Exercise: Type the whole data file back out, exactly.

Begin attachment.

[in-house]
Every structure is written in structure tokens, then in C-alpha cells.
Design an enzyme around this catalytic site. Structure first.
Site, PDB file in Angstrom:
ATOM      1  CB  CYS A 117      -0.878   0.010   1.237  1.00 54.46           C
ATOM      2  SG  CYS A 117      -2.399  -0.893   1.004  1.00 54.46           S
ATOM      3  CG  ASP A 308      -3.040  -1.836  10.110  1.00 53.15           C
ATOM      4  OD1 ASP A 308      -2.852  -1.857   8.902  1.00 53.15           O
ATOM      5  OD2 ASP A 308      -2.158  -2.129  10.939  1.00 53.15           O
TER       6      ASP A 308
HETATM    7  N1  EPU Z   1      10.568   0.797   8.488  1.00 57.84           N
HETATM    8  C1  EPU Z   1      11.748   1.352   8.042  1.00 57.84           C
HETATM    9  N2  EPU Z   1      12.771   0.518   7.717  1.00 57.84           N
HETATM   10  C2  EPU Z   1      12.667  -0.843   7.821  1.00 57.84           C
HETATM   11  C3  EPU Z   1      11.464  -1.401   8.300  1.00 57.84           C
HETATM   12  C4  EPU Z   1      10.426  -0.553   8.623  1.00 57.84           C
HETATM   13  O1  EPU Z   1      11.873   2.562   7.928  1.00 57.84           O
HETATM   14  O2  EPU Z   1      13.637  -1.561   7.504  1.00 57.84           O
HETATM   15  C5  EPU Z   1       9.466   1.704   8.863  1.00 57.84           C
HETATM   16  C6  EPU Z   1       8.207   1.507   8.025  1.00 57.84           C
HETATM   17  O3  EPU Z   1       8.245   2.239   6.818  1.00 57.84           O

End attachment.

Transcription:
[in-house]
Every structure is written in structure tokens, then in C-alpha cells.
Design an enzyme around this catalytic site. Structure first.
Site, PDB file in Angstrom:
ATOM      1  CB  CYS A 117      -0.878   0.010   1.237  1.00 54.46           C
ATOM      2  SG  CYS A 117      -2.399  -0.893   1.004  1.00 54.46           S
ATOM      3  CG  ASP A 308      -3.040  -1.836  10.110  1.00 53.15           C
ATOM      4  OD1 ASP A 308      -2.852  -1.857   8.902  1.00 53.15           O
ATOM      5  OD2 ASP A 308      -2.158  -2.129  10.939  1.00 53.15           O
TER       6      ASP A 308
HETATM    7  N1  EPU Z   1      10.568   0.797   8.488  1.00 57.84           N
HETATM    8  C1  EPU Z   1      11.748   1.352   8.042  1.00 57.84           C
HETATM    9  N2  EPU Z   1      12.771   0.518   7.717  1.00 57.84           N
HETATM   10  C2  EPU Z   1      12.667  -0.843   7.821  1.00 57.84           C
HETATM   11  C3  EPU Z   1      11.464  -1.401   8.300  1.00 57.84           C
HETATM   12  C4  EPU Z   1      10.426  -0.553   8.623  1.00 57.84           C
HETATM   13  O1  EPU Z   1      11.873   2.562   7.928  1.00 57.84           O
HETATM   14  O2  EPU Z   1      13.637  -1.561   7.504  1.00 57.84           O
HETATM   15  C5  EPU Z   1       9.466   1.704   8.863  1.00 57.84           C
HETATM   16  C6  EPU Z   1       8.207   1.507   8.025  1.00 57.84           C
HETATM   17  O3  EPU Z   1       8.245   2.239   6.818  1.00 57.84           O